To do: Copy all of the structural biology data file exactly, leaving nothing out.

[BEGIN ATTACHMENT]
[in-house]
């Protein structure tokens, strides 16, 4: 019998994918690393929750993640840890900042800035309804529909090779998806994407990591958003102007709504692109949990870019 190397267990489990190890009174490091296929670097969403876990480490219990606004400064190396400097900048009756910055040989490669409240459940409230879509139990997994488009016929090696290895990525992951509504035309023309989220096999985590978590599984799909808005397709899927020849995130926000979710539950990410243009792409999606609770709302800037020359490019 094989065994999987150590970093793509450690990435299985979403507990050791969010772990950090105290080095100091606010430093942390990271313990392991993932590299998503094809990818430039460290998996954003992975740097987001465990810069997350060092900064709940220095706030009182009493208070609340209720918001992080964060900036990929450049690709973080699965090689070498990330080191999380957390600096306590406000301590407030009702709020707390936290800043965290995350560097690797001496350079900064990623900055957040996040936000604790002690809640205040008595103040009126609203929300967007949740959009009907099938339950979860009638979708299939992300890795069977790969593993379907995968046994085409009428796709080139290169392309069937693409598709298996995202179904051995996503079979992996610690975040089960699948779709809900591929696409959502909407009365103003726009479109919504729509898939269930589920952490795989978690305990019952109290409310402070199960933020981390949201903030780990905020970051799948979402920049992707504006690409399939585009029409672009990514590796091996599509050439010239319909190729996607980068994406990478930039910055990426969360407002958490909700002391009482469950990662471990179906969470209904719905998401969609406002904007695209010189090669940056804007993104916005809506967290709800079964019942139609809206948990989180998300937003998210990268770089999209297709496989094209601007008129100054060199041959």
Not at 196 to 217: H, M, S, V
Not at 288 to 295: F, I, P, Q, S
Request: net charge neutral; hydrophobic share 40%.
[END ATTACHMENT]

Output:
[in-house]
């Protein structure tokens, strides 16, 4: 019998994918690393929750993640840890900042800035309804529909090779998806994407990591958003102007709504692109949990870019 190397267990489990190890009174490091296929670097969403876990480490219990606004400064190396400097900048009756910055040989490669409240459940409230879509139990997994488009016929090696290895990525992951509504035309023309989220096999985590978590599984799909808005397709899927020849995130926000979710539950990410243009792409999606609770709302800037020359490019 094989065994999987150590970093793509450690990435299985979403507990050791969010772990950090105290080095100091606010430093942390990271313990392991993932590299998503094809990818430039460290998996954003992975740097987001465990810069997350060092900064709940220095706030009182009493208070609340209720918001992080964060900036990929450049690709973080699965090689070498990330080191999380957390600096306590406000301590407030009702709020707390936290800043965290995350560097690797001496350079900064990623900055957040996040936000604790002690809640205040008595103040009126609203929300967007949740959009009907099938339950979860009638979708299939992300890795069977790969593993379907995968046994085409009428796709080139290169392309069937693409598709298996995202179904051995996503079979992996610690975040089960699948779709809900591929696409959502909407009365103003726009479109919504729509898939269930589920952490795989978690305990019952109290409310402070199960933020981390949201903030780990905020970051799948979402920049992707504006690409399939585009029409672009990514590796091996599509050439010239319909190729996607980068994406990478930039910055990426969360407002958490909700002391009482469950990662471990179906969470209904719905998401969609406002904007695209010189090669940056804007993104916005809506967290709800079964019942139609809206948990989180998300937003998210990268770089999209297709496989094209601007008129100054060199041959």
Not at 196 to 217: H, M, S, V
Not at 288 to 295: F, I, P, Q, S
Request: net charge neutral; hydrophobic share 40%.